I admit to being called a few times by my bank with the dreaded question that always goes something like this: “We’ve noticed some suspicious activity on your card. Did you make the following purchases…?”

After assuring them that yes, I did make fatal mistake of buying ice cream in bulk 30 minutes away from my house (and yes, due to my lack of foresight, it melted everywhere), I was able to get off the phone relieved that my identity was safe. Some people aren’t as lucky and they come to find that their bank accounts have been compromised.

In light of Target and White Lodging facing massive data breaches, people are beginning to scrutinize the safety of their bank accounts and personal information. While identity theft can happen to anyone at any time, identity thieves regularly set their sights on people traveling for business. When you find yourself in a foreign environment with the sole purpose of making your company look good, it is easy to become distracted and confused, making you and your company a prime target for theft.

Before you lose all faith in humanity, we’re going to help restore it by giving you a few tips to help protect your identity while traveling for business.

  • Be careful with what you carry and where you carry it… Be sure to keep your important work and personal documents in your carryon luggage. Once you check your luggage, it is out of your hands until your flight arrives, leaving plenty of time for something to go wrong. While certain forms of identification are required to travel, keeping unnecessary forms on hand may put you at a higher risk of identity theft. Furthermore, losing important company documents before an important meeting is the last thing a weary traveler needs.
  • Use only trusted ATMs… Everyone has experienced the dread of being in a new environment and having to get cash quickly. Whether it is to cover your daily stipend, or because the only restaurant near you is cash only, using that sketchy ATM machine by the side of the road might start to look pretty good. Don’t do it! These machines sometimes have devices called skimmers attached to them that copy your information when you scan your card. Go to a trusted institution even if it is not yours. While it may be a pain, the extra effort is far better than to have to deal with identity theft in the future.
  • Be wary of Wi-Fi hotspots… When you’re traveling for business, you’re working all the time. In our technologically advanced world, this means having to use the Internet. The saying “some things are too good to be true” still applies to free Wi-Fi. As tempting as it may be to sign onto those full four bars, keep in mind that many of these connections are unencrypted and not secure. Some hackers even go as far as to buy routers and mimic a credible connection signal. If you are in a new area and unfamiliar with the local businesses, make sure to ask around before connecting to the “free Wi-F.” If you’re in dire need and you find yourself forced to connect to a suspicious hotspot, be sure to minimize your use of passwords and personal information.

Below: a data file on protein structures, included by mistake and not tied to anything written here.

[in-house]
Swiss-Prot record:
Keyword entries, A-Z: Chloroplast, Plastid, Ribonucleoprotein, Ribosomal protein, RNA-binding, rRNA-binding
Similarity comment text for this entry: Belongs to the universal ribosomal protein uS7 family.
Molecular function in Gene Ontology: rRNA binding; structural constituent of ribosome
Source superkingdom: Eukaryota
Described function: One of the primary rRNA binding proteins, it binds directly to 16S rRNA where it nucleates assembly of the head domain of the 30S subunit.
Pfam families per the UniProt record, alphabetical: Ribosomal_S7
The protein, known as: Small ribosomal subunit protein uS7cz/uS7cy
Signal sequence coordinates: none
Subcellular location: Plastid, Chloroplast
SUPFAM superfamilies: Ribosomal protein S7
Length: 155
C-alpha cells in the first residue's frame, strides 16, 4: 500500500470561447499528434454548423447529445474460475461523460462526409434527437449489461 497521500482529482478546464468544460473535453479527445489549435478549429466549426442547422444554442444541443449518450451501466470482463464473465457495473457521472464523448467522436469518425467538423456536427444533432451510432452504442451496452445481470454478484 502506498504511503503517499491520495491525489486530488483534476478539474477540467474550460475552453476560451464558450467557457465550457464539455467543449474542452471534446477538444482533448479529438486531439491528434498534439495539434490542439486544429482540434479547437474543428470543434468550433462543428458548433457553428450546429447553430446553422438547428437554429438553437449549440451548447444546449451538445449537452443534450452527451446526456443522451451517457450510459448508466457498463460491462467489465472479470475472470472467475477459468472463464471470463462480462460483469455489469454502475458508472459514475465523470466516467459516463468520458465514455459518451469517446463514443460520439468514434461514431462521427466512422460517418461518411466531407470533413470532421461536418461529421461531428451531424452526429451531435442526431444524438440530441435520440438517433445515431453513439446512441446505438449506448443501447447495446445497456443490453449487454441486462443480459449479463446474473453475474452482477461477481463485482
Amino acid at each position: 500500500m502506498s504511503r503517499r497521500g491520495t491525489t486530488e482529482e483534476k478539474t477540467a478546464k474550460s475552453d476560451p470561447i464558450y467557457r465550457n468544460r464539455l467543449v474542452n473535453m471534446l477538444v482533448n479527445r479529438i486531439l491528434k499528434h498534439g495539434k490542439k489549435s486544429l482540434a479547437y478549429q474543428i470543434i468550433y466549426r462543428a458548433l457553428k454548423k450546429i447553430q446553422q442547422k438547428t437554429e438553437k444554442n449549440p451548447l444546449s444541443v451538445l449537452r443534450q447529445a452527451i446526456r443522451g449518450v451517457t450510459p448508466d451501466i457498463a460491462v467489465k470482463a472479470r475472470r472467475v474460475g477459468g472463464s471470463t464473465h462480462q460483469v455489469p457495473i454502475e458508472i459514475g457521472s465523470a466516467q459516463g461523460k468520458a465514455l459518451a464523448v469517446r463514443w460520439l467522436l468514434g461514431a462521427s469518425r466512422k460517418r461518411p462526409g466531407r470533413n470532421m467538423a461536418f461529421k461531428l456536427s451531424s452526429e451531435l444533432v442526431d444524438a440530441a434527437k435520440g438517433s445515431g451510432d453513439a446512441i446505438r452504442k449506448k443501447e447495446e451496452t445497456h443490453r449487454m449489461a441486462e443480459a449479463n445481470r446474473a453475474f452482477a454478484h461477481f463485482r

• Check your bank account regularly… If you’re preoccupied with all the stresses of being on a business trip, the idea of checking your account activity can easily end up on the back-burner. This is especially true of company credit cards that have multiple users or are used while traveling around and out of the country. Small businesses can be specifically targeted because they usually don’t have the resources or time to verify all expenditures on a frequently used card, but pouring over a long list of charges can be time well spent. Oftentimes, security breaches take months to be detected on a corporate level. Initially, only a small amount may be charged to test the card, but before you know it, substantial charges may begin to appear. And with the time that has passed, authorities will be less able to track down the culprit. Whether it is a personal or corporate credit card, it is worthwhile to keep an eye out for any unauthorized charges.

Yes, identity theft is a serious risk, especially when you’re traveling. But most credit card thieves are not criminal masterminds, just regular people taking advantage of unsuspecting prey. The best way to protect yourself, first and foremost, is to be attentive. Take note of your surroundings and stay a step ahead of the game. Outsmarting identity theft is less about being smart, and more about being cautious. To make things easier for yourself, we suggest signing up for CreditSignal®*, a free product that will help keep you informed and alert you of changes in your D&B business credit report.

Photo Credit: Don Hankins, Flickr

*CreditSignal only indicates that your D&B scores and ratings have changed and alerts you when your business credit file has been purchased. To view actual scores and ratings and learn about what industries are purchasing your D&B file, we recommend that you upgrade to one of our business credit monitoring or credit building solutions. Please note, due to the proprietary nature of these inquiries and inquiry requests, only the industries in which the purchasing customers reside will be revealed.